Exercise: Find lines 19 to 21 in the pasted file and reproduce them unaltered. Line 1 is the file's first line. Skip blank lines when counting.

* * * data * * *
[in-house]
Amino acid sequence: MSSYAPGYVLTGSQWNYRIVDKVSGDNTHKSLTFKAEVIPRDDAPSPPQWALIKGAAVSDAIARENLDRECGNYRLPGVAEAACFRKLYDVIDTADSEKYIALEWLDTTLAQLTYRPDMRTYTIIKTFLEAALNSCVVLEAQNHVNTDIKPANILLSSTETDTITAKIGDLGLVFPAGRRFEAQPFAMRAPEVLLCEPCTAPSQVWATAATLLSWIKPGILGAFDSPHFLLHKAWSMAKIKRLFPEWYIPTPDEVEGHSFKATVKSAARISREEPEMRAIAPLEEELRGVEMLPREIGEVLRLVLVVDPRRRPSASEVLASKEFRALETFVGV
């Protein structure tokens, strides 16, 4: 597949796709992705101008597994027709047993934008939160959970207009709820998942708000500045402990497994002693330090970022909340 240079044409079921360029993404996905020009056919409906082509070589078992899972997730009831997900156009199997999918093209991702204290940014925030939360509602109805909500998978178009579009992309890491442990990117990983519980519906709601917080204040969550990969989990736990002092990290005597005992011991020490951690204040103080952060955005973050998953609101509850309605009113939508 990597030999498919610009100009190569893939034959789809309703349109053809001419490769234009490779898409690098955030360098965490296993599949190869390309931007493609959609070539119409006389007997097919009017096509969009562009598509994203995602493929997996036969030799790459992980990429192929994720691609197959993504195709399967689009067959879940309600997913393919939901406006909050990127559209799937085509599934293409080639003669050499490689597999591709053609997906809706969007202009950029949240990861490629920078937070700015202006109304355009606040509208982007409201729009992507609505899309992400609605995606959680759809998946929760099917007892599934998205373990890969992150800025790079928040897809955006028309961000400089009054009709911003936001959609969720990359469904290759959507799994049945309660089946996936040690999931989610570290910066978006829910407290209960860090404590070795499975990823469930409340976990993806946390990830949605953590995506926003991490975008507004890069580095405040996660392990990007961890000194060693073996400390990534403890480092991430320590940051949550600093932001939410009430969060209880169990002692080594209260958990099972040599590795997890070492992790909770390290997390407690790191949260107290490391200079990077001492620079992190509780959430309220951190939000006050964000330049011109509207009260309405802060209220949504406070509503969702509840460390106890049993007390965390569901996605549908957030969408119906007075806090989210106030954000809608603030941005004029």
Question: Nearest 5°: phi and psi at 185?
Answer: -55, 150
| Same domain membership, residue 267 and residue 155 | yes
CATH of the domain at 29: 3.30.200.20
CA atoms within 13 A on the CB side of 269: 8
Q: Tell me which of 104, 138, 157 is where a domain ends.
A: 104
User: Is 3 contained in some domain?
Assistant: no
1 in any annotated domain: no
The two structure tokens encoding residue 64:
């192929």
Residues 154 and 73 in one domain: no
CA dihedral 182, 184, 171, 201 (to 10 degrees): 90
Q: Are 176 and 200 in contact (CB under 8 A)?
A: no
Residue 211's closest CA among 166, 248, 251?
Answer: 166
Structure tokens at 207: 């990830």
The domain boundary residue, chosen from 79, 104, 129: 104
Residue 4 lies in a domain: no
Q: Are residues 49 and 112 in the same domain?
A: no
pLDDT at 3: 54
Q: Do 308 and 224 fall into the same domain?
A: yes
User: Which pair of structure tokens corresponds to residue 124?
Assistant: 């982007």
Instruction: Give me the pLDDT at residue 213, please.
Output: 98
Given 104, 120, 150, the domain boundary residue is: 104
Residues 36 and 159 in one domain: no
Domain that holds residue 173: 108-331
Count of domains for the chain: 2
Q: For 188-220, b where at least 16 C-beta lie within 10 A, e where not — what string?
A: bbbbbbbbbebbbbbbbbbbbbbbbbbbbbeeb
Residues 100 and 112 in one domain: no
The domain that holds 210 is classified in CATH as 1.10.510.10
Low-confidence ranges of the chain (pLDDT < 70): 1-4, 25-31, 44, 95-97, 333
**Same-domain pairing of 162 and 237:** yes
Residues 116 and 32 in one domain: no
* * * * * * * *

A: no
Residue 211's closest CA among 166, 248, 251?
Answer: 166